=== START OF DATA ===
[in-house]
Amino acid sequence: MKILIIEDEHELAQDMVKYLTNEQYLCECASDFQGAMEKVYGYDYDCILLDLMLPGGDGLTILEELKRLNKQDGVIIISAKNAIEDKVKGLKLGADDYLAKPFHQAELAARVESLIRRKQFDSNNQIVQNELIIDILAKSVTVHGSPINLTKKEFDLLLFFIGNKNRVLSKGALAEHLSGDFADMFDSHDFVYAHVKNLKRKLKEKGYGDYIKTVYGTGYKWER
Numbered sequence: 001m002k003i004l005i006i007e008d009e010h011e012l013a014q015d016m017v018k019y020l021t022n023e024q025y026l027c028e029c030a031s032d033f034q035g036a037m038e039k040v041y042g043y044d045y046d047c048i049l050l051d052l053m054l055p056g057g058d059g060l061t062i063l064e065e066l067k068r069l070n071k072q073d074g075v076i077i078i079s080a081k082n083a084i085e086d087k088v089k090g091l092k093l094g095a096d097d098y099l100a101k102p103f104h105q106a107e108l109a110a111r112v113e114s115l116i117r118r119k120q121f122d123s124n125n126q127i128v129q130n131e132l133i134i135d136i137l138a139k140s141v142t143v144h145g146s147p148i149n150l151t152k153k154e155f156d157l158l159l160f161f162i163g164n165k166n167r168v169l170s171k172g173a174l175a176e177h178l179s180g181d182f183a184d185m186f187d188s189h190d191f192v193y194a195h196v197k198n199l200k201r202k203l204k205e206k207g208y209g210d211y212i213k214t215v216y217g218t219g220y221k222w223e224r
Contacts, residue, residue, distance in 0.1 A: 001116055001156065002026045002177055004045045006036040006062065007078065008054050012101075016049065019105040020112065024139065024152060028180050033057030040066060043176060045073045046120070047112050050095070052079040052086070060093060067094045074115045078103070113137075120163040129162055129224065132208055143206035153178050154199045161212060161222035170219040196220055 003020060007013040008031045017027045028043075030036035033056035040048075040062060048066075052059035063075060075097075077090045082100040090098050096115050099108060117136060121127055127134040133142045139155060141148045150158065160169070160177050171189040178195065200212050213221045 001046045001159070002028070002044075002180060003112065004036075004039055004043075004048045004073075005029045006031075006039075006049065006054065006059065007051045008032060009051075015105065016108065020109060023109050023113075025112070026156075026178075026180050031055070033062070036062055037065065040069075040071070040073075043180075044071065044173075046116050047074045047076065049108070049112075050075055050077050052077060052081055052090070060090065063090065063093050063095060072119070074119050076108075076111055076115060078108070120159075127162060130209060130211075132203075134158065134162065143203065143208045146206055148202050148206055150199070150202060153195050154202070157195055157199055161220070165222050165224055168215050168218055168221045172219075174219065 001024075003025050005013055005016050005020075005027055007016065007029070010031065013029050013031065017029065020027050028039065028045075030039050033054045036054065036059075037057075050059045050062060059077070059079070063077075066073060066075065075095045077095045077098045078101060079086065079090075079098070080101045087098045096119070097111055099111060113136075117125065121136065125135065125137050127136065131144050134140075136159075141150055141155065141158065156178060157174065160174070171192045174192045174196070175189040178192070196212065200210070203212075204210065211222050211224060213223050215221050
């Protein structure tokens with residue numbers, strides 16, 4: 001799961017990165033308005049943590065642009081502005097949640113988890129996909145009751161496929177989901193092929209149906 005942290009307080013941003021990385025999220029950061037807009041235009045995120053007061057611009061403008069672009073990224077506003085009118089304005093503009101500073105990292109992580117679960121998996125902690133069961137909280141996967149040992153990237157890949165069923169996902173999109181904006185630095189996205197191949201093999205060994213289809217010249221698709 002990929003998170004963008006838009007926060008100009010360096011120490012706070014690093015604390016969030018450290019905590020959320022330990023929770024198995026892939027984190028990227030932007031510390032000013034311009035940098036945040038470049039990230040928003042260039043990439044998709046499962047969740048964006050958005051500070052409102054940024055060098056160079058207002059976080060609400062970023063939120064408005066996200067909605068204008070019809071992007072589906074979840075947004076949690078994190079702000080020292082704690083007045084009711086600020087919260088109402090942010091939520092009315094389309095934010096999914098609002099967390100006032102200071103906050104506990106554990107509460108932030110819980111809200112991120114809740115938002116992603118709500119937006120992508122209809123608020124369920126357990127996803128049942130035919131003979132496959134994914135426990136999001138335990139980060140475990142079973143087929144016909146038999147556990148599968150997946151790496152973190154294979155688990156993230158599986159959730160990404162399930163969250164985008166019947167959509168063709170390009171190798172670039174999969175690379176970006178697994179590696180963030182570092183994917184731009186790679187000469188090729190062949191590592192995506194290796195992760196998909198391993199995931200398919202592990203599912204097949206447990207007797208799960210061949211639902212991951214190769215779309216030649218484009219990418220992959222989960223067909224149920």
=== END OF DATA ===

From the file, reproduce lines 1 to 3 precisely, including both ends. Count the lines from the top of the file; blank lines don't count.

[in-house]
Amino acid sequence: MKILIIEDEHELAQDMVKYLTNEQYLCECASDFQGAMEKVYGYDYDCILLDLMLPGGDGLTILEELKRLNKQDGVIIISAKNAIEDKVKGLKLGADDYLAKPFHQAELAARVESLIRRKQFDSNNQIVQNELIIDILAKSVTVHGSPINLTKKEFDLLLFFIGNKNRVLSKGALAEHLSGDFADMFDSHDFVYAHVKNLKRKLKEKGYGDYIKTVYGTGYKWER
Numbered sequence: 001m002k003i004l005i006i007e008d009e010h011e012l013a014q015d016m017v018k019y020l021t022n023e024q025y026l027c028e029c030a031s032d033f034q035g036a037m038e039k040v041y042g043y044d045y046d047c048i049l050l051d052l053m054l055p056g057g058d059g060l061t062i063l064e065e066l067k068r069l070n071k072q073d074g075v076i077i078i079s080a081k082n083a084i085e086d087k088v089k090g091l092k093l094g095a096d097d098y099l100a101k102p103f104h105q106a107e108l109a110a111r112v113e114s115l116i117r118r119k120q121f122d123s124n125n126q127i128v129q130n131e132l133i134i135d136i137l138a139k140s141v142t143v144h145g146s147p148i149n150l151t152k153k154e155f156d157l158l159l160f161f162i163g164n165k166n167r168v169l170s171k172g173a174l175a176e177h178l179s180g181d182f183a184d185m186f187d188s189h190d191f192v193y194a195h196v197k198n199l200k201r202k203l204k205e206k207g208y209g210d211y212i213k214t215v216y217g218t219g220y221k222w223e224r